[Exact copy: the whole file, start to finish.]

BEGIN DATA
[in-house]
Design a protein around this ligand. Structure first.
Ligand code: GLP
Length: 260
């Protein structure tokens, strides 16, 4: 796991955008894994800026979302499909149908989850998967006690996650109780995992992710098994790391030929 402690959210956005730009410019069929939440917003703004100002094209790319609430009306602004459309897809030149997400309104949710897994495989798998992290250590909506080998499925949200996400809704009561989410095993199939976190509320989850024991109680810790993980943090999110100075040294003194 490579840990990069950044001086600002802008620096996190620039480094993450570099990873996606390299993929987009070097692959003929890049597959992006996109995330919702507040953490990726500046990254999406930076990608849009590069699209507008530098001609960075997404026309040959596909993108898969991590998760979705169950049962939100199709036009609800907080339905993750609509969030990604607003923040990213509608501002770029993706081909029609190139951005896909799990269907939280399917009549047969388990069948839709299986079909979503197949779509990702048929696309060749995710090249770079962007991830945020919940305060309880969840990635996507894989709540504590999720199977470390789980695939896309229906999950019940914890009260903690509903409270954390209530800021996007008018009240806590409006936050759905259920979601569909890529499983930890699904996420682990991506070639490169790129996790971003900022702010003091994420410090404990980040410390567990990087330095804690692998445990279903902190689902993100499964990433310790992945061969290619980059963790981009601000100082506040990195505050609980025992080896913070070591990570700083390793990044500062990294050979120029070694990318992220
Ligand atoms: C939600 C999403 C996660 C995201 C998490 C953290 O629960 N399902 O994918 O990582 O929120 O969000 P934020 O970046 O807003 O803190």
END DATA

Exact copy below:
[in-house]
Design a protein around this ligand. Structure first.
Ligand code: GLP
Length: 260
């Protein structure tokens, strides 16, 4: 796991955008894994800026979302499909149908989850998967006690996650109780995992992710098994790391030929 402690959210956005730009410019069929939440917003703004100002094209790319609430009306602004459309897809030149997400309104949710897994495989798998992290250590909506080998499925949200996400809704009561989410095993199939976190509320989850024991109680810790993980943090999110100075040294003194 490579840990990069950044001086600002802008620096996190620039480094993450570099990873996606390299993929987009070097692959003929890049597959992006996109995330919702507040953490990726500046990254999406930076990608849009590069699209507008530098001609960075997404026309040959596909993108898969991590998760979705169950049962939100199709036009609800907080339905993750609509969030990604607003923040990213509608501002770029993706081909029609190139951005896909799990269907939280399917009549047969388990069948839709299986079909979503197949779509990702048929696309060749995710090249770079962007991830945020919940305060309880969840990635996507894989709540504590999720199977470390789980695939896309229906999950019940914890009260903690509903409270954390209530800021996007008018009240806590409006936050759905259920979601569909890529499983930890699904996420682990991506070639490169790129996790971003900022702010003091994420410090404990980040410390567990990087330095804690692998445990279903902190689902993100499964990433310790992945061969290619980059963790981009601000100082506040990195505050609980025992080896913070070591990570700083390793990044500062990294050979120029070694990318992220
Ligand atoms: C939600 C999403 C996660 C995201 C998490 C953290 O629960 N399902 O994918 O990582 O929120 O969000 P934020 O970046 O807003 O803190």